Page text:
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Albany County DA eyes changing ‘Raise the Age’ law


ALBANY, N.Y. (NEWS10) – The Albany County District Attorney wants state lawmakers to take another look at New York’s “Raise the Age” law. The law only allows people to be charged as adults in criminal cases if they are 18-years-old.

The law took full effect in 2019, just before the office said it saw a spike in violent felonies across Albany County and statewide. The DA is arguing that these types of crimes should be tried in the Youth/Adolescent Offender Part of County Court, instead of just being transferred to family court, in the interest of public safety.

Under the current statute, the accusations in violent felony cases are reviewed six days after arraignment. To keep the cases in the adolescent offender part of County Court, the DA must prove that the defendant either seriously hurt someone, flashed a gun, or sexually assaulted the victim.

If none of those factors are proven, the County is required to file a motion showing “extraordinary circumstances” within 30 days to justify keeping the case. However, “extraordinary circumstances” is not legally defined, the office said, making it extremely difficult to meet the burden of proof.

In light of this pattern, the office is asking the Legislature to intervene. Specifically, DA David Soares wants defendants to have the option to be tried as adults if they’re 16 or 17-years-old if they commit a violent felony as defined by the Penal Law.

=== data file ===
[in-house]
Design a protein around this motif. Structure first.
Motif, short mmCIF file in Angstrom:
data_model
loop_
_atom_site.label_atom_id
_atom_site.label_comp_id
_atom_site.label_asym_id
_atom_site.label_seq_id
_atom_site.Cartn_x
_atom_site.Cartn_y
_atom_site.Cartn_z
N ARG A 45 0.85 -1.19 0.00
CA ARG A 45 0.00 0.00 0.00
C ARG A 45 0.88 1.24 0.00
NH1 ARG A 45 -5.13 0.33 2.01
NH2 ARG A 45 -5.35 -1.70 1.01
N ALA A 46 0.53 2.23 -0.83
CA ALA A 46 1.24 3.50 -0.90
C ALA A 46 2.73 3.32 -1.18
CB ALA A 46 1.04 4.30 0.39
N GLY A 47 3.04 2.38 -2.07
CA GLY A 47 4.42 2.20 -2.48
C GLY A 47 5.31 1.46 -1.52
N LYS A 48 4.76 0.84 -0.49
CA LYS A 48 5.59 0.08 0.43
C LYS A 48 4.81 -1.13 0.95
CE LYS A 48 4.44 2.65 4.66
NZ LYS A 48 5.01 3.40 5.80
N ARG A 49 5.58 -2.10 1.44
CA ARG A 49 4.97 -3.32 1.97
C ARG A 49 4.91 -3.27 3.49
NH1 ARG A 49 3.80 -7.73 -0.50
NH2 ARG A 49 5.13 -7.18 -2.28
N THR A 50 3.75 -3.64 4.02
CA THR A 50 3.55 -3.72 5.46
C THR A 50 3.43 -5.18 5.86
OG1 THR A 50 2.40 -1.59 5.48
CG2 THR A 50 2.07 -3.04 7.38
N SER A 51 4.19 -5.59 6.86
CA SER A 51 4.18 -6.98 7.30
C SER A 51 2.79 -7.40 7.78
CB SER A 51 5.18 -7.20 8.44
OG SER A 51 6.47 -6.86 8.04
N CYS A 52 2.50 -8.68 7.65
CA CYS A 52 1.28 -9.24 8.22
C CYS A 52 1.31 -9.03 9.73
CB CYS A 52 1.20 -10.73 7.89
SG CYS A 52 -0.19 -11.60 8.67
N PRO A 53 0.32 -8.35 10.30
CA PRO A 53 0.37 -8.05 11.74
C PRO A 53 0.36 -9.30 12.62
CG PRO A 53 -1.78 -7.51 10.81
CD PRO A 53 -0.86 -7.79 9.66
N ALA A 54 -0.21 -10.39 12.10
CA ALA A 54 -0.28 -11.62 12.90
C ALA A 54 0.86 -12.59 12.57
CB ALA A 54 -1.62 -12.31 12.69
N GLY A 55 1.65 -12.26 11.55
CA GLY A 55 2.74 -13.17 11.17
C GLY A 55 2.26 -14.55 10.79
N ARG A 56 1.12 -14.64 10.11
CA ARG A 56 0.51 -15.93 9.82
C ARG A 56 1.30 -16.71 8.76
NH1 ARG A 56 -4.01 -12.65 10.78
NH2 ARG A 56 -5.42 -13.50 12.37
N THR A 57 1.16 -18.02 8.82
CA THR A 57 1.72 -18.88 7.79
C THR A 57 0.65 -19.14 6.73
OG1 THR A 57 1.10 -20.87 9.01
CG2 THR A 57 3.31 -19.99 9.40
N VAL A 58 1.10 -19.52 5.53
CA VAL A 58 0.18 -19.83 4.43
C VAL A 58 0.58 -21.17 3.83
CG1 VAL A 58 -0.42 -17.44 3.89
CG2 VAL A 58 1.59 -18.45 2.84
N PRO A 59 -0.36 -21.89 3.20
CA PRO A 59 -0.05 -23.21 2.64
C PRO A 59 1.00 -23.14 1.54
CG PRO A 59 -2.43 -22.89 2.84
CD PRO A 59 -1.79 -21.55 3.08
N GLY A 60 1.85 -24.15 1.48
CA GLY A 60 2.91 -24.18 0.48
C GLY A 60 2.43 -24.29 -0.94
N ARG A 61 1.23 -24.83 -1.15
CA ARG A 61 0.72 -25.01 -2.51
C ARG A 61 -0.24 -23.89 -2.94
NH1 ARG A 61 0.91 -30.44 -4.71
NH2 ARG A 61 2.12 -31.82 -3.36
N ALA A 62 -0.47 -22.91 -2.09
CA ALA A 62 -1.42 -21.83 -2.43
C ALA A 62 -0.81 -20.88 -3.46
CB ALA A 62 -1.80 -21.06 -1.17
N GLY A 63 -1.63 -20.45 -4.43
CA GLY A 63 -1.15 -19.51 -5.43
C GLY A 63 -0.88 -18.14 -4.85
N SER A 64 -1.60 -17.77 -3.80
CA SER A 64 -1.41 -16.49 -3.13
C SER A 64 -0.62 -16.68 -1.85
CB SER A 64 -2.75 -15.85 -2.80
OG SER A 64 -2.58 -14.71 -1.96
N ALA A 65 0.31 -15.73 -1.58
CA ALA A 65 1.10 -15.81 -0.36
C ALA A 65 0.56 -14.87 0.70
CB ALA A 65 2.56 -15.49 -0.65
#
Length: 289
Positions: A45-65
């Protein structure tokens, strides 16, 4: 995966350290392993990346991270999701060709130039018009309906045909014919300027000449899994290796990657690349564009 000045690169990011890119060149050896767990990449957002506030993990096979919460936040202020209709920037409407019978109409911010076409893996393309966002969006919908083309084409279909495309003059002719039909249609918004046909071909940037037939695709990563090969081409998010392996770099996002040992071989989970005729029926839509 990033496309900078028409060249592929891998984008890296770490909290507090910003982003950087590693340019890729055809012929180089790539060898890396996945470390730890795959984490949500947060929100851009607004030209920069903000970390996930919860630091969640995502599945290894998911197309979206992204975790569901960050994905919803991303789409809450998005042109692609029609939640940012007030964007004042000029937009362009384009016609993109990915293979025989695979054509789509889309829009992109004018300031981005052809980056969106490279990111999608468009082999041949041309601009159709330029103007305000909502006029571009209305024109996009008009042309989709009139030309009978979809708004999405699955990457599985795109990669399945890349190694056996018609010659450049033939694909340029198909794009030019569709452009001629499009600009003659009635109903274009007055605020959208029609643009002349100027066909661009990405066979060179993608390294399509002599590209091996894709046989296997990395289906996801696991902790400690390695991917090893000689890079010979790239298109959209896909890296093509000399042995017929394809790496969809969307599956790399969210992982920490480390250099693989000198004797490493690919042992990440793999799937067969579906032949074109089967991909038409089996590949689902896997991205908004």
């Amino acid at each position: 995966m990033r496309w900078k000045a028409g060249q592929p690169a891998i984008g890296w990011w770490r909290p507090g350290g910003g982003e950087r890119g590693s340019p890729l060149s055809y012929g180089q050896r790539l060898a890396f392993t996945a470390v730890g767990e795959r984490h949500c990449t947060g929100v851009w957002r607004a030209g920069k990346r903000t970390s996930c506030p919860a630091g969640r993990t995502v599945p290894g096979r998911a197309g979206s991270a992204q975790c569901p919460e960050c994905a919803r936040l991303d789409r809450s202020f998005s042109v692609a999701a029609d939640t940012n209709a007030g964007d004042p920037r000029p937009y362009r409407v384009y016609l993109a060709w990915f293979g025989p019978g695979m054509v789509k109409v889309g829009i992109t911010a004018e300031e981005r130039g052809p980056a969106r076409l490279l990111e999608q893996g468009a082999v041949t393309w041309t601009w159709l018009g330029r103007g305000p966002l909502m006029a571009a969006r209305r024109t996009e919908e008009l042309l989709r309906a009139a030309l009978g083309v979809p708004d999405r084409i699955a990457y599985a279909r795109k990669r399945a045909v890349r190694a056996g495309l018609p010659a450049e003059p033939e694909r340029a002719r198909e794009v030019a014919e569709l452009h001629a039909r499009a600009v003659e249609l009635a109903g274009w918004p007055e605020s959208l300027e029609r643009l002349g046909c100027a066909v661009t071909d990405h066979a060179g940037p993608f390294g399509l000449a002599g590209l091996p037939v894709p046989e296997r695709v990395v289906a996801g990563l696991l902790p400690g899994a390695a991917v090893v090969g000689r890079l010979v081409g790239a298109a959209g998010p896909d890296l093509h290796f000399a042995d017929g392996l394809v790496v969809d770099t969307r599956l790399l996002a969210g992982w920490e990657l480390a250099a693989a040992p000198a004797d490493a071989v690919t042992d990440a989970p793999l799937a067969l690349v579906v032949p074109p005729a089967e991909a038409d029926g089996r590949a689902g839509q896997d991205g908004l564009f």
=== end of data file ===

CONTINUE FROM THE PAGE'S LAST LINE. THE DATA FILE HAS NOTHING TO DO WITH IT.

If this demand is not met, the office would like the Legislature to create a legal definition of “extraordinary circumstances.” They would also like legislative officials to allow the family court history of an arrestee to be considered when assessing “extraordinary circumstances,” and create a method for the DA to appeal decisions made in family court.

“Consequences for one’s actions are not only a public service; they’re also a service to the individual. When proper services and consequences are absent, offenders sometimes commit more severe offenses down the line. Ultimately, this leads to a worse outcome for the individual,” said the DA’s Office.

The office said it acknowledges that the over-prosecution of youth leads to negative long-term outcomes. However, the office also understands that safety is the main concern of Albany County residents. “Raise the Age, and subsequent legislative changes, have hampered our ability to protect the public from the few who repeatedly degrade the quality of life in our most vulnerable communities,” the office concluded.

Examples of failed “Raise the Age” cases, from the DA’s office:


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